Richie Wel­lens re­flects on his highs and lows – and his best wind-up

The Football League Paper - - NEWS - By Chris Dunlavy

RE­JEC­TION at Man United has put the ki­bosh on many a promis­ing ca­reer – just ask the likes of Colin McKee and John O’Kane. Yet 15 years af­ter turn­ing his back on Old Traf­ford, boy­hood Red Richie Wel­lens is still go­ing strong.

Now 35, the Don­caster mid­fielder has won two pro­mo­tions,a brace of Foot­ball League Tro­phies and racked up three ap­pear­ances in the League One team of the year.

The se­cret to his suc­cess? A hefty kick from Sean Gre­gan, a glower from Phil Parkin­son and a decade of tena­cious mid­field per­for­mances for the likes of Black­pool, Le­ices­ter Old­ham and Donny...


Manch­ester United. I was there from the age of nine and I left when I was 20. Brian Kidd scouted me when I was play­ing for my lo­cal club in Mos­ton. I went from play­ing on the parks to train­ing with Brian and Nobby Stiles. As a United fan, it was bril­liant.

My age group was David Healy, Wes Brown,a few oth­ers.They’re the only two who’ve really made ca­reers of it. Above us were John Cur­tis and Danny Hig­gin­botham.

Un­for­tu­nately, the mid­field at the time was Ryan Giggs, David Beck­ham, Roy Keane, Paul Sc­holes and Nicky Butt. All five of them world­class play­ers at their ab­so­lute peak.

It was al­ways go­ing to be tough and I even­tu­ally left to get some games. My big­gest re­gret is that I could have learned a lot more about be­ing a pro­fes­sional and what it took to be a Man United player. Beck­ham, Sc­holes, Giggs – they were all really great lads who’d been in my sit­u­a­tion and I should have tapped into that.


I’ve had so many. Tech­ni­cally and tac­ti­cally, it has to be Sean O’Driscoll at Donny. He made you think about the game in all sorts of new ways. For man-man­age­ment, Sven- Go­ran Eriks­son by a mile.He just knew how to treat his play­ers like adults.

But for a mix of both, I’d say Nigel Pear­son at Le­ices­ter. When Nigel sent you out, you were never in any doubt about what your job was, as a team and an in­di­vid­ual.

While he comes across as a bit dull on cam­era, he’s definitely not. He’s very dry and witty with a good sense of hu­mour. The mea­sured per­sona you see on TV is not what the play­ers get in the dress­ing room.


This one is tough. I was in the Eng­land age groups with the likes of Led­ley King, Jonathan Woodgate, Michael Owen, Joe Cole – all of them un­be­liev­able play­ers.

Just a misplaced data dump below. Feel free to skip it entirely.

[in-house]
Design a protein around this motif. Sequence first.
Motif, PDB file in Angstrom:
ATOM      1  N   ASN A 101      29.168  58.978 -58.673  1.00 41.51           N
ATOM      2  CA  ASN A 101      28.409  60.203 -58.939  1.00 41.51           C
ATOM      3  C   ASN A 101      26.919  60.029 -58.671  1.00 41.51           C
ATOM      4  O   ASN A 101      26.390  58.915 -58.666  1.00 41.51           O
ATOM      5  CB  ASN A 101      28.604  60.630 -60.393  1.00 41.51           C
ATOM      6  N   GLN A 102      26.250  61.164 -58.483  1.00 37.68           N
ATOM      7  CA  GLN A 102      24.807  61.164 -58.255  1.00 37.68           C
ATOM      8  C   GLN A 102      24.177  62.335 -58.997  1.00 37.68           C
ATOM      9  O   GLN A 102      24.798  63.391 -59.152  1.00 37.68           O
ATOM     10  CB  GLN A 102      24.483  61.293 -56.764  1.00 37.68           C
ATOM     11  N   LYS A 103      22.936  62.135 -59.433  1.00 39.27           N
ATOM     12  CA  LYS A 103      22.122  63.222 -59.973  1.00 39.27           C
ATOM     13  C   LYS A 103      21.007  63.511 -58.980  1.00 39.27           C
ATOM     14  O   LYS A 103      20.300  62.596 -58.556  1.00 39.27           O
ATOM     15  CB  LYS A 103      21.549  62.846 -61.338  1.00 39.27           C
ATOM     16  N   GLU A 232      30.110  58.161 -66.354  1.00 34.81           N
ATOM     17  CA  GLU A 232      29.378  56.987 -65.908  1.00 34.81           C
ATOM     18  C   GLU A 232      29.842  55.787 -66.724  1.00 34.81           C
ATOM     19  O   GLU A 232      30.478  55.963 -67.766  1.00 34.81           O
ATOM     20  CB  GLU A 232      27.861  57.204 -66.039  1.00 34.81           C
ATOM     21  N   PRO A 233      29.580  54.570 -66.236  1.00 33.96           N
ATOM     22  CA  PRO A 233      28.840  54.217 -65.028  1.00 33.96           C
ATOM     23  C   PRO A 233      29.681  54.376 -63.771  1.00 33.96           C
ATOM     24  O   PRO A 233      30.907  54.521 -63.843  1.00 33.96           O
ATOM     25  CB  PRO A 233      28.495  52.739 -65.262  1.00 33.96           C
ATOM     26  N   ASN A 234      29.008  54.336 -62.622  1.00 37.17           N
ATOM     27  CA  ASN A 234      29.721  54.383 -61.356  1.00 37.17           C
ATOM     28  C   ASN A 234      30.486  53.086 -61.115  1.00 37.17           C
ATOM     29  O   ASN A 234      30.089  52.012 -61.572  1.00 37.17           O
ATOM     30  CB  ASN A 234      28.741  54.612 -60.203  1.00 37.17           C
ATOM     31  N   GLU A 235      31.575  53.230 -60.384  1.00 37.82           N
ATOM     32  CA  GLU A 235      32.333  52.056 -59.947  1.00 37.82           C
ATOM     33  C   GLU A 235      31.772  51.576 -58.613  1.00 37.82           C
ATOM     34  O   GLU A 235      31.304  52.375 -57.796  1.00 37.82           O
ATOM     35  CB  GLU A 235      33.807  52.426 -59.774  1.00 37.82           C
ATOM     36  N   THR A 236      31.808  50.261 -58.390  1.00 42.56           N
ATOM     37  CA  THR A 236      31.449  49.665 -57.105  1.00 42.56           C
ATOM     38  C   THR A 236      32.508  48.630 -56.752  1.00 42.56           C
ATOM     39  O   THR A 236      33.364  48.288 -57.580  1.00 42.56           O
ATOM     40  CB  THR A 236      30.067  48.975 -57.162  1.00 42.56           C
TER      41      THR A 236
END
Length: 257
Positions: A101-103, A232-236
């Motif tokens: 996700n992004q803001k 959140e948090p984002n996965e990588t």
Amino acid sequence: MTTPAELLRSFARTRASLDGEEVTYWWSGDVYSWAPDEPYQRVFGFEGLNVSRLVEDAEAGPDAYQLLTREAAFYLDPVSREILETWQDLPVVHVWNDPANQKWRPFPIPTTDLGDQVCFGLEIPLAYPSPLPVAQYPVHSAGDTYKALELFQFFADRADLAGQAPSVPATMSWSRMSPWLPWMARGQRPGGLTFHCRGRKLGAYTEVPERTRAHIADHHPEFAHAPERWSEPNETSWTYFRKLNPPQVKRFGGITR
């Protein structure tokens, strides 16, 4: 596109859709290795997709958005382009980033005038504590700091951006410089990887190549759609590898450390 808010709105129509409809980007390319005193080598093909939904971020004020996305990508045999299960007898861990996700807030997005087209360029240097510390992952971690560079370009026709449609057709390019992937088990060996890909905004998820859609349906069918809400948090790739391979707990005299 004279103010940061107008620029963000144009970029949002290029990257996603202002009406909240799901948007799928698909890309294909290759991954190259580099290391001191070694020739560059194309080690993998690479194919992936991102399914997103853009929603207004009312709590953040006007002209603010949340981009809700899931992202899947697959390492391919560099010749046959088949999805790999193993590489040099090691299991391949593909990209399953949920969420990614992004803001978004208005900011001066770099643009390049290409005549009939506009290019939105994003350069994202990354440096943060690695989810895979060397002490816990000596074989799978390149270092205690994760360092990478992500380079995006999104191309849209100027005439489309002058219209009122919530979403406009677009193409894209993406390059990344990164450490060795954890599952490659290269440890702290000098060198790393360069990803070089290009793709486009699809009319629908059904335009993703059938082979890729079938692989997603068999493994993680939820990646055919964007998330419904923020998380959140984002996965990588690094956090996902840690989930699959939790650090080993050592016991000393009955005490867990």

But head and shoul­ders above them all was Steven Ger­rard. So while I’d like to say some­one I knew for years, he left such an im­pres­sion that I’ve got to say Ger­rard.When he passed you the ball, it felt good. Per­fect weight, al­ways into the right area, al­ways ex­actly where you wanted it.

A lot of play­ers, they’re so ner­vous that when they pass you the ball, that ner­vous­ness is writ­ten on the pass.With Ger­rard, it was the op­po­site – to­tal con­fi­dence and con­trol. You could make any run and know 100 per cent he’d find you.


I left United in 2000,joined Black­pool and won pro­mo­tion from the Third Di­vi­sion in my very first sea­son.

Drop­ping to that level was a mas­sive eye-opener but I knew it was sink or swim. I knew that I had to get United out of my head as soon as pos­si­ble or I wouldn’t get any­where.

Even so, it was a hell of a cul­ture shock. I made my de­but away at Stoke, get­ting bom­barded by high balls. Some things never change.

We played Read­ing away and Phil Parkin­son was stand­ing in the tun­nel, wear­ing a gumshield and look­ing like he wanted to kill me.

And I’ll al­ways re­mem­ber my first West Lan­cashire derby against Pre­ston. I was a 20-year-old skinny kid up against Sean Gre­gan, as hard a player as you get at that level. First tackle I went into, I didn’t know what had hit me. I tough­ened up pretty quick.


I’ve worked with a lot of great lads.In the early days, Mike Newell was a bril­liant laugh.Then there’s Ben Mar­shall, who’s at Black­pool now, Paul Gal­lagher who is at Pre­ston. Both funny lads I used to share a car with.

Fi­nally, I’d say Kyle Ben­nett, who’s just moved to Portsmouth from Donny. Men­tion his name to any­one in foot­ball and they’ll prob­a­bly laugh just think­ing about him. A

great char­ac­ter.